As I have written elsewhere, “Can Copyright Law Protect Indigenous Culture? If Not, What is the Answer?”, copyright is not always a perfect fit when it comes to protecting Indigenous Cultural Expression (ICE) which may be more community than individually based and often relies more on stewardship than ownership. But there are still contemporary Indigenous artists who are facing direct consequences now from the growing trade in fakes, facilitated by sales through the internet. Action is needed. A key element is to be able to easily distinguish between real and fake Indigenous art. Lucinda Turner’s idea of making the genuine article free of sales tax would be one transparent way to indicate the difference, allowing law enforcement to take action against fraudulent efforts to pass off non-Indigenous works as genuine as doing so would be a violation of the tax code. Another suggestion is to bring in Canadian legislation that would mirror the US Indian Arts and Crafts Act of 1990 that prohibits the sale, or offer for sale, of any product that falsely suggests it is Indian produced, an Indian product, or the product of a particular Indian “tribe”. There are heavy penalties for violation of the law. In 2018 an owner of several Albuquerque, NM, jewellery stores was imprisoned and required to pay over $9000 in restitution for passing off Filipino-made jewellery as authentic Native American art.

However, the legislation is not necessarily a silver bullet. Apart from questions as to who qualifies as “Indian” under the Act (in the case of the US law it is a member of a federally or state recognized Indian tribe or an individual certified as an Indian artisan by a tribe), the law does not deal with “lookalike” art. As long as there is no false claim that the work is an Indian product, the law does not apply. In other words, non-Indian works taking inspiration from Indian designs, but not claiming to be Indian-made, are not targeted by the law. To close this loophole would be difficult because many non-Indigenous artists have drawn inspiration from native designs, eg. Hopi and Navaho geometric patterns. The most effective means may be to ask artists to be respectful of the cultural significance of works they are inspired by, but that still won’t stop mass marketing of cheap look-alikes for tourist consumption, such as totem poles, masks, jewellery, Inuit sculptures and so on.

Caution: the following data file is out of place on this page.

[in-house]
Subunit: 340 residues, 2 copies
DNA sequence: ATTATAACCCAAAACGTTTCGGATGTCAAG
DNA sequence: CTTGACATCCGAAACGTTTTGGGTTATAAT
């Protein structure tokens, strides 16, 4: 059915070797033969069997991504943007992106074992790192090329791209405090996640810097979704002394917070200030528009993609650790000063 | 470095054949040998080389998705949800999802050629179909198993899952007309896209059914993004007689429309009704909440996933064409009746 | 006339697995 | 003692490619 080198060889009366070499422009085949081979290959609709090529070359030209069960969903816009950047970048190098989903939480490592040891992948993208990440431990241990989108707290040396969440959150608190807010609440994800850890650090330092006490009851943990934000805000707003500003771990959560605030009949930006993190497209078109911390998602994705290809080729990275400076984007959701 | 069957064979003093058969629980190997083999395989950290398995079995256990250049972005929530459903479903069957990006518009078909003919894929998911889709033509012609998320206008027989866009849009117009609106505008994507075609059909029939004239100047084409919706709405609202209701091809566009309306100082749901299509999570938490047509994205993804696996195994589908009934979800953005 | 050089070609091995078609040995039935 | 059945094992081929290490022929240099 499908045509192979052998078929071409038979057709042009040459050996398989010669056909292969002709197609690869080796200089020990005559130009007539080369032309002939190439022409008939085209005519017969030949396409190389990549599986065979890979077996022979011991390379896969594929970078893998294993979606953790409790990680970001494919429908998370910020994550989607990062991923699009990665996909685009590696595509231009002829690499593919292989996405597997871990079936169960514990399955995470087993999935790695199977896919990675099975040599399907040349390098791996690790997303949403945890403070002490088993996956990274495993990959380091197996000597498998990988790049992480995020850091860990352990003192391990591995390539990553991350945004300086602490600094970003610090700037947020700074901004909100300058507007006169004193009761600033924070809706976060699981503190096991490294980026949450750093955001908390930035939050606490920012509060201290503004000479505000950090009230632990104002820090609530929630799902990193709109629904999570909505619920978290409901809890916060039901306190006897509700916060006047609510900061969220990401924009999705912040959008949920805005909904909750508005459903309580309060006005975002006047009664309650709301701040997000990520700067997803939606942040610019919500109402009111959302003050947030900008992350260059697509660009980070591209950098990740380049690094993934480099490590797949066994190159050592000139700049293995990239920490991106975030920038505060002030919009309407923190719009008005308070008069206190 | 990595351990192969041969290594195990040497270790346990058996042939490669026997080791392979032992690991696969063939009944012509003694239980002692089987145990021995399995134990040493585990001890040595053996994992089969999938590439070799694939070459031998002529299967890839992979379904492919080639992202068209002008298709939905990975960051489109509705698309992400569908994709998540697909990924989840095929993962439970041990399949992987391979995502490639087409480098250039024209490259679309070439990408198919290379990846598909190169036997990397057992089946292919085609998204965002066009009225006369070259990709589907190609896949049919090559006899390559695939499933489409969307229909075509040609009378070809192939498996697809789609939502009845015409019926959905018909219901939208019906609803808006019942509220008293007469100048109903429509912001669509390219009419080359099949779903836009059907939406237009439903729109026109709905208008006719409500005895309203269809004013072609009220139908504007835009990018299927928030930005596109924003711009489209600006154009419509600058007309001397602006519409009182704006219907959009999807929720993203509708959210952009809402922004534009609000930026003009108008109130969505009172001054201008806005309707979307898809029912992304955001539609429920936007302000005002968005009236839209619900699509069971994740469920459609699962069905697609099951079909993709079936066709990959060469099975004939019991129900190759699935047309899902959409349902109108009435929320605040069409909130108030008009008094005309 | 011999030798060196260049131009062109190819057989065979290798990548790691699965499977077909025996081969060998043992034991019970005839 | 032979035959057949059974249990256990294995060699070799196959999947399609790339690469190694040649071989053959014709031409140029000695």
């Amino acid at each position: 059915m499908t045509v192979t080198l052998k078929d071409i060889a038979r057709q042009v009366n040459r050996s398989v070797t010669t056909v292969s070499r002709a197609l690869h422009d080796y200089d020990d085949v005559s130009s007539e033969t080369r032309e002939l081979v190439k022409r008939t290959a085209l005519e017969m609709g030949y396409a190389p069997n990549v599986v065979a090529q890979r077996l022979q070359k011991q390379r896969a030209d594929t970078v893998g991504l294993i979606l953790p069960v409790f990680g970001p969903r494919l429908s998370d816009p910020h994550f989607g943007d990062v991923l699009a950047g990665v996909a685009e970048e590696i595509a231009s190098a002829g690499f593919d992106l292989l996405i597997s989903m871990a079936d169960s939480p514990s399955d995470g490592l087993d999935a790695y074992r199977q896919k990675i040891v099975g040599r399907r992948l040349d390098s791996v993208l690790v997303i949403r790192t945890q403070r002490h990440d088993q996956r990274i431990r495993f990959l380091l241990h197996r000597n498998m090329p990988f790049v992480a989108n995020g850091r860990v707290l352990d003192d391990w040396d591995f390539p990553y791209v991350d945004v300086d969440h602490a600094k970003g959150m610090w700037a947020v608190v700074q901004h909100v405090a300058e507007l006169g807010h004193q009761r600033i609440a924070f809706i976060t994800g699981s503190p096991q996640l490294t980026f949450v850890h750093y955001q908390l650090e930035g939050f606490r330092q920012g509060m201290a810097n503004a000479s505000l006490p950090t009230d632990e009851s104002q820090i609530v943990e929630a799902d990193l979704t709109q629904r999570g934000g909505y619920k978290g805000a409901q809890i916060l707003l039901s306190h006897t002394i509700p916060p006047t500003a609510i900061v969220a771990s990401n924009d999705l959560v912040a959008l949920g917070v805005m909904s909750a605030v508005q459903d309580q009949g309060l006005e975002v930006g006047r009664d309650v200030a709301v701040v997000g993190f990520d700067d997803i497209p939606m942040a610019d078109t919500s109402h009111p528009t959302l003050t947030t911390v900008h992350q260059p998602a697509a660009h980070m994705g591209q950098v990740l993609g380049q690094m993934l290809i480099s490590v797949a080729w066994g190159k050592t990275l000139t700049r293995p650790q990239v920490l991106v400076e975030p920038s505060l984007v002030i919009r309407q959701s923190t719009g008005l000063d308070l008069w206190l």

If certain art forms are restricted to Indigenous practitioners in Canada, the question of who might qualify to produce them could be tricky since the term “Indigenous” includes members of First Nations reserves with status under the Indian Act, non-status people of Indigenous descent, Inuit and Metis, although “qualification” could no doubt be solved by some form of registry. There is also the question of regional origin within the Indigenous community. For example, should an Indigenous person from, say, the northern prairies be able to claim Indigenous status as a producer of Pacific Northwest Coast art?

But the most difficult question is how to handle clones of Indigenous art, such as elaborately and cheaply carved “copies” from places like Indonesia (where there are also master carvers very good at copying the work of others, in some cases commissioned by businesses in North America), and where there is technically no claim that the work is of Indigenous origin. While Indigenous artists in Canada would like to see those copies stopped at the border (training of border guards is another issue), as long as those “copies” are not exact replicas and not marketed as originals, it will be difficult to stop such trade. If fake art is being imported and passed off as the original, whether it is of Indigenous design or not, it should be stopped. However, if the works simply take inspiration from Indigenous, or non-Indigenous designs, as much as I sympathize with the artists of the original works, it is hard to design a law that will target the problem without causing some kind of collateral damage to trade. This is where a mark of authentication could come in handy. False labelling would be grounds for seizure of goods. Also, the threat of heavy fines and seizure of fake goods might provide some deterrence and ensure that imported artwork is clearly identified as such.

There is definitely a problem, although the solutions are not simple. While stopping or discouraging the trade in fakes is important, equally important is letting consumers know what is real and what is not. Price does not always provide the necessary distinction. The creation of an Indigenous Art Registry (that work has already begun) and the establishment of a mark of authenticity or a trademark would help consumers identify the provenance and bona fides of a product they want to buy. If I want to buy the real thing, I don’t mind paying a fair price for the genuine article but I really don’t want to pay a similar price for a knock off made elsewhere. That undermines the entire market.

It looks as if the work of Lucinda Turner will be carried forward by others, including Patricia Bovey. Some changes will likely be addressed through Copyright Act revisions. Others may come about as part of the ongoing Reconciliation efforts with Indigenous communities. Still others may come about as a result of tightening the border against the trade in fakes of all kinds. For example, the new NAFTA trade agreement (aka USMCA/CUSMA) requires that customs officials in Canada, Mexico and the US have “ex officio” powers to stop suspected counterfeit goods. “Ex-officio” means that customs officials can act on their own authority if they suspect that a shipment contains fakes, rather than having to wait for a rights-holder to bring a case. In other words, they can pro-actively interdict traffic in fakes rather than simply being reactive.

This is a complex file that involves Indigenous rights and culture, international trade, copyright and trademark, and consumer protection. This suggests that a coordinated approach across government is needed. Lucinda Turner was a leader in taking up this challenge. Others are following her example. I wish them success.

© Hugh Stephens, 2022. All Rights Reserved.